"Consider" means "to fix one's eye or mind." These Jewish believers have already been urged to "consider Jesus" (Hebrew 3:1). Now they are to "consider one another." When God's people pay attention to the needs of other brothers and sisters in Christ we recognize that we have a responsibility to help each other. As we "consider one another" we are able "to provoke unto love and to good works." That means we stimulate Christian love and "good works" or Christian deeds among God's people. Christians should have a real passion and enthusiasm, not only to love one another, but to act toward one another in a practical and sacrificial manner. This is what John the Apostle meant when he wrote, "Hereby perceive we the love of God, because he laid down his life for us: and we ought to lay down our lives for the brethren. But whoso hath this world's good, and seeth his brother have need, and shutteth up his bowels of compassion from him, how dwelleth the love of God in him? My little children, let us not love in word, neither in tongue; but in deed and in truth" (1 John 3:16-18).
"Not forsaking the assembling of ourselves together, as the manner of some is; but exhorting one another: and so much the more, as ye see the day approaching" means Christians should challenge one another in steadfast determination and faithfulness. "Not forsaking the assembling of ourselves together" refers to the gathering of believers here on earth in local churches. It was essential that these young Jewish Christians realize the importance of being together for worship and Christian service. The word "assembling" is the same word as "gathering together" in 2 Thessalonians 2:1 used by Paul to describe the coming of the Jesus when believers are gathered together in the air.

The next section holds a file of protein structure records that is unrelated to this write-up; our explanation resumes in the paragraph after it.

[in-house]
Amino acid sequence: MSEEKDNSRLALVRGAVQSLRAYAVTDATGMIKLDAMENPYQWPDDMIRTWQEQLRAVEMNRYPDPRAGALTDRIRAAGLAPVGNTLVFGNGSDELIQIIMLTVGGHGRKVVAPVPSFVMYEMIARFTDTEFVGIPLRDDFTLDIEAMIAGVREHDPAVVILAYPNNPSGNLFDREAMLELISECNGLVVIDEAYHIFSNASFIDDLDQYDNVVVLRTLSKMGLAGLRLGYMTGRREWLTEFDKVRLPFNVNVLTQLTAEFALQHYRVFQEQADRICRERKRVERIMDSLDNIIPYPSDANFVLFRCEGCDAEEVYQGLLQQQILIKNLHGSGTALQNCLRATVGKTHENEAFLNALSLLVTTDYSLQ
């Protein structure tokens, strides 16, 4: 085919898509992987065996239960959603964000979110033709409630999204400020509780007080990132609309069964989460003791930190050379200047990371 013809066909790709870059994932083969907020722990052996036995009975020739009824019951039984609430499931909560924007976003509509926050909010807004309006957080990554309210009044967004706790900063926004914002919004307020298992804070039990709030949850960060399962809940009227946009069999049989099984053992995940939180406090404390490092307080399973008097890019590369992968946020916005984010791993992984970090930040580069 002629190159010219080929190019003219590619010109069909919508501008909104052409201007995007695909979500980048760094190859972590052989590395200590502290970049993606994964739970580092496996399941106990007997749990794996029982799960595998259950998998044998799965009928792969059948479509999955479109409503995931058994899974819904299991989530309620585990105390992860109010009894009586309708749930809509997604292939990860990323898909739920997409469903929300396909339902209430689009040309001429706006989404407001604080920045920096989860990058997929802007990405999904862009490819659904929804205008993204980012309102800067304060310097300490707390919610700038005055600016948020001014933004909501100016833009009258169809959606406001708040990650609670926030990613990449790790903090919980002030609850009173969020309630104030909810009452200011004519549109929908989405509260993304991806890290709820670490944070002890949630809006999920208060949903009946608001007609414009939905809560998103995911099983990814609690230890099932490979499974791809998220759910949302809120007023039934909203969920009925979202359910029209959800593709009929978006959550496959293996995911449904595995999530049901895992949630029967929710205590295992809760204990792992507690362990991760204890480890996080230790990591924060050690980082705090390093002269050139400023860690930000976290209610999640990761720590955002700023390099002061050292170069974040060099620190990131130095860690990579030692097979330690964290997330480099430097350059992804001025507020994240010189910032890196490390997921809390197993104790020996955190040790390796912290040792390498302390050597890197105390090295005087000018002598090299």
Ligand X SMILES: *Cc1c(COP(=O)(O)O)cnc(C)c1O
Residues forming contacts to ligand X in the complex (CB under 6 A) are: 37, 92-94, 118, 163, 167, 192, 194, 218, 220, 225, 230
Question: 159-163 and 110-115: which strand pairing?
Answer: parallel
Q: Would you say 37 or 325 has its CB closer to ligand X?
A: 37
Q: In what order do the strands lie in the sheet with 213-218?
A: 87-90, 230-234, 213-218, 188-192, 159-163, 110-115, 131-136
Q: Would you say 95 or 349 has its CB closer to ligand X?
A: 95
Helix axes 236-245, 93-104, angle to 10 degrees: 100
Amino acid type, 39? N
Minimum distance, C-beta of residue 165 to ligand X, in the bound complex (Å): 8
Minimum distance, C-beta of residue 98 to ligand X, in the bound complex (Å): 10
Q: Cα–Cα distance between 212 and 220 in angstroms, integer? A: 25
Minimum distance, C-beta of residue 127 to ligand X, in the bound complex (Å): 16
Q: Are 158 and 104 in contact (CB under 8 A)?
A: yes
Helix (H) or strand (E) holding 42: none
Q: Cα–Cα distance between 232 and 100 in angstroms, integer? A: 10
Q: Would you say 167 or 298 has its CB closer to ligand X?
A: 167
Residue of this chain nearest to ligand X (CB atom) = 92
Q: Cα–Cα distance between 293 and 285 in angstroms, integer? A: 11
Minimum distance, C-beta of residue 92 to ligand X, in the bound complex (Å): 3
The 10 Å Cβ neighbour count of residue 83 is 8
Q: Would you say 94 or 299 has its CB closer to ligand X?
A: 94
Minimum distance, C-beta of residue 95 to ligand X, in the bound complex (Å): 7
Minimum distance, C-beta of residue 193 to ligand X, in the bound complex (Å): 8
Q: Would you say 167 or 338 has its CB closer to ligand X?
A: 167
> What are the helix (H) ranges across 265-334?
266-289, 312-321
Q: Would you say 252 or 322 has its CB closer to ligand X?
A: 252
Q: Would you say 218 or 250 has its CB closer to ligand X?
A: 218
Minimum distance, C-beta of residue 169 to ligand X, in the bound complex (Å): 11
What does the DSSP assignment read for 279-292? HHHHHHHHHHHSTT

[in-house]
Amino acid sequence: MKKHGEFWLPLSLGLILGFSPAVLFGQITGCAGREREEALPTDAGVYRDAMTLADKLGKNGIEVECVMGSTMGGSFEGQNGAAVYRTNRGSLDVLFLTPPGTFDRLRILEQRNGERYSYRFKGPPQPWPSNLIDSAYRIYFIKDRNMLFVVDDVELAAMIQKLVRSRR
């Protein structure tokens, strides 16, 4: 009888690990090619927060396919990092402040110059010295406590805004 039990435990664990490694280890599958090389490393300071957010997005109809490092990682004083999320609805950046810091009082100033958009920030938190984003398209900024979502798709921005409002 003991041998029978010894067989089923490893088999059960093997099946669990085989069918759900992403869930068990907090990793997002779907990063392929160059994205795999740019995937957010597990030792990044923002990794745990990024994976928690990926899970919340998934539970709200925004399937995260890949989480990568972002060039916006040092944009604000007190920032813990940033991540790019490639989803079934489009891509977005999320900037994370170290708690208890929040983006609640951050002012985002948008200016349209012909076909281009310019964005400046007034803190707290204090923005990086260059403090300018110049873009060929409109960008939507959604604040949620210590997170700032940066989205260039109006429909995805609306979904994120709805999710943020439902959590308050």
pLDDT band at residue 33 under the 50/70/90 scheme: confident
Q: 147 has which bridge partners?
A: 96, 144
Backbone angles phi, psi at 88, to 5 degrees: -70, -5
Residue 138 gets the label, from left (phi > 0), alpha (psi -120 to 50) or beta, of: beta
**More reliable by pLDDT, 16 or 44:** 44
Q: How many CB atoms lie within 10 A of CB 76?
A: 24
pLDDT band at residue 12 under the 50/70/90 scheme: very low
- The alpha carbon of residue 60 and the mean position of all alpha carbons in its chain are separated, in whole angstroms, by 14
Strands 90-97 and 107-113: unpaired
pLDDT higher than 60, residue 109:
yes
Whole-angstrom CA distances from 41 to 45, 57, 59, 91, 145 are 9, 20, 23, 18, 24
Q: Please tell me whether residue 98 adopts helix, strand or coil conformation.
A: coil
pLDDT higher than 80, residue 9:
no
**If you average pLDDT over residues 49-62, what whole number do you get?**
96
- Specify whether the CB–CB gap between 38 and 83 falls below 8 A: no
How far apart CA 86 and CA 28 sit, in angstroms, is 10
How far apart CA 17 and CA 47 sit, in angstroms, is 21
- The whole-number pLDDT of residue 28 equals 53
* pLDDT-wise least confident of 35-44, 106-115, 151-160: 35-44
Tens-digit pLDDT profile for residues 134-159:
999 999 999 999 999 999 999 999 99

Do you think the coming of Christ is exciting? I do! I think it is a thrilling thought that all God's children will be "caught up together in the air" (1 Thessalonians 4:17) and go to be with the Lord forever. I also believe that every time you and I go to that local assembly, the local church that we are painting a picture of that great day in the future when we will all be assembled together. It should be just as exciting to go to church and gather together in our Sunday school classes, and prayer rooms, and choirs and small groups as it is to think about our final gathering together. God has so ordered the church to be a place of encouragement, fellowship, restfulness, worship, and instruction that we just can't "forsake" it. "Forsake" means "to abandon." It's a sad day when professing Christians won't be faithful to God's house and the family of God.
For those of you who think you are too spiritual to need a local church, I want to remind you that you are wrong. If you read the New Testament you will learn that your loss or gain at the judgment seat of Christ is closely related to your faithfulness to the church. The preaching of the cross, the teaching of sound doctrine, the ordinances of baptism and the Lord's Supper, the giving of our tithes and offerings, the care of widows, and the spread of the gospel is all directly connected to the local church and the Bible says, "Not forsaking the assembling of ourselves together." In fact, the closer we get to the coming of the Lord, or "as ye see the day approaching," the more important it is to be with God's people.